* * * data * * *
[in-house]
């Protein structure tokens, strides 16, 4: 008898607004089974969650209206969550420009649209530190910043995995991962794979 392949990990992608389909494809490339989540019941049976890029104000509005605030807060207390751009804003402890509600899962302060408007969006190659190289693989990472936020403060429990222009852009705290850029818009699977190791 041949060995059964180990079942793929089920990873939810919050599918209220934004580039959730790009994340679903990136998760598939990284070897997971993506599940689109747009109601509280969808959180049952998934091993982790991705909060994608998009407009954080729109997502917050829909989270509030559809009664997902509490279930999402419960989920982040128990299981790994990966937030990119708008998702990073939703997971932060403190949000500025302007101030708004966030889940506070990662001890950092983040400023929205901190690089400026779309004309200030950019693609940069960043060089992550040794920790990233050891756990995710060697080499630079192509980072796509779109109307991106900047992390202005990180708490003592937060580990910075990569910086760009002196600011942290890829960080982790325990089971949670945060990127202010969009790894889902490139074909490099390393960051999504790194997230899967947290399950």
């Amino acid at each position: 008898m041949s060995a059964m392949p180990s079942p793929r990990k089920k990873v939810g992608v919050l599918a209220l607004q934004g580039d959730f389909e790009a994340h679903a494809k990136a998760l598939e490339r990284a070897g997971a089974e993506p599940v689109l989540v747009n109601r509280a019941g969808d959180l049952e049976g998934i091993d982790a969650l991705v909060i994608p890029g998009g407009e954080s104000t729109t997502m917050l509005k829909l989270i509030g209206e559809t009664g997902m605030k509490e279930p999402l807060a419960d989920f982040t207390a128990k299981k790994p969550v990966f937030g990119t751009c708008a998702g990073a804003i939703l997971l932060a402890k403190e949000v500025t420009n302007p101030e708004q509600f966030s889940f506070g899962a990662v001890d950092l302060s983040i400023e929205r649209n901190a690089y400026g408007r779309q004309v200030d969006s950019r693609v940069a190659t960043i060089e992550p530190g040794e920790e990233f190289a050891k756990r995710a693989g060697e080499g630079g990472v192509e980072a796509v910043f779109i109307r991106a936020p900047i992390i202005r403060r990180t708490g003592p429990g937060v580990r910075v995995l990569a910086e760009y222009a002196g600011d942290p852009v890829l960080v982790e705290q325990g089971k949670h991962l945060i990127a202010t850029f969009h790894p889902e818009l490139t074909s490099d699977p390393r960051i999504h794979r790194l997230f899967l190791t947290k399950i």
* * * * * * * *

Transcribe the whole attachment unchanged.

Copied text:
[in-house]
């Protein structure tokens, strides 16, 4: 008898607004089974969650209206969550420009649209530190910043995995991962794979 392949990990992608389909494809490339989540019941049976890029104000509005605030807060207390751009804003402890509600899962302060408007969006190659190289693989990472936020403060429990222009852009705290850029818009699977190791 041949060995059964180990079942793929089920990873939810919050599918209220934004580039959730790009994340679903990136998760598939990284070897997971993506599940689109747009109601509280969808959180049952998934091993982790991705909060994608998009407009954080729109997502917050829909989270509030559809009664997902509490279930999402419960989920982040128990299981790994990966937030990119708008998702990073939703997971932060403190949000500025302007101030708004966030889940506070990662001890950092983040400023929205901190690089400026779309004309200030950019693609940069960043060089992550040794920790990233050891756990995710060697080499630079192509980072796509779109109307991106900047992390202005990180708490003592937060580990910075990569910086760009002196600011942290890829960080982790325990089971949670945060990127202010969009790894889902490139074909490099390393960051999504790194997230899967947290399950």
């Amino acid at each position: 008898m041949s060995a059964m392949p180990s079942p793929r990990k089920k990873v939810g992608v919050l599918a209220l607004q934004g580039d959730f389909e790009a994340h679903a494809k990136a998760l598939e490339r990284a070897g997971a089974e993506p599940v689109l989540v747009n109601r509280a019941g969808d959180l049952e049976g998934i091993d982790a969650l991705v909060i994608p890029g998009g407009e954080s104000t729109t997502m917050l509005k829909l989270i509030g209206e559809t009664g997902m605030k509490e279930p999402l807060a419960d989920f982040t207390a128990k299981k790994p969550v990966f937030g990119t751009c708008a998702g990073a804003i939703l997971l932060a402890k403190e949000v500025t420009n302007p101030e708004q509600f966030s889940f506070g899962a990662v001890d950092l302060s983040i400023e929205r649209n901190a690089y400026g408007r779309q004309v200030d969006s950019r693609v940069a190659t960043i060089e992550p530190g040794e920790e990233f190289a050891k756990r995710a693989g060697e080499g630079g990472v192509e980072a796509v910043f779109i109307r991106a936020p900047i992390i202005r403060r990180t708490g003592p429990g937060v580990r910075v995995l990569a910086e760009y222009a002196g600011d942290p852009v890829l960080v982790e705290q325990g089971k949670h991962l945060i990127a202010t850029f969009h790894p889902e818009l490139t074909s490099d699977p390393r960051i999504h794979r790194l997230f899967l190791t947290k399950i």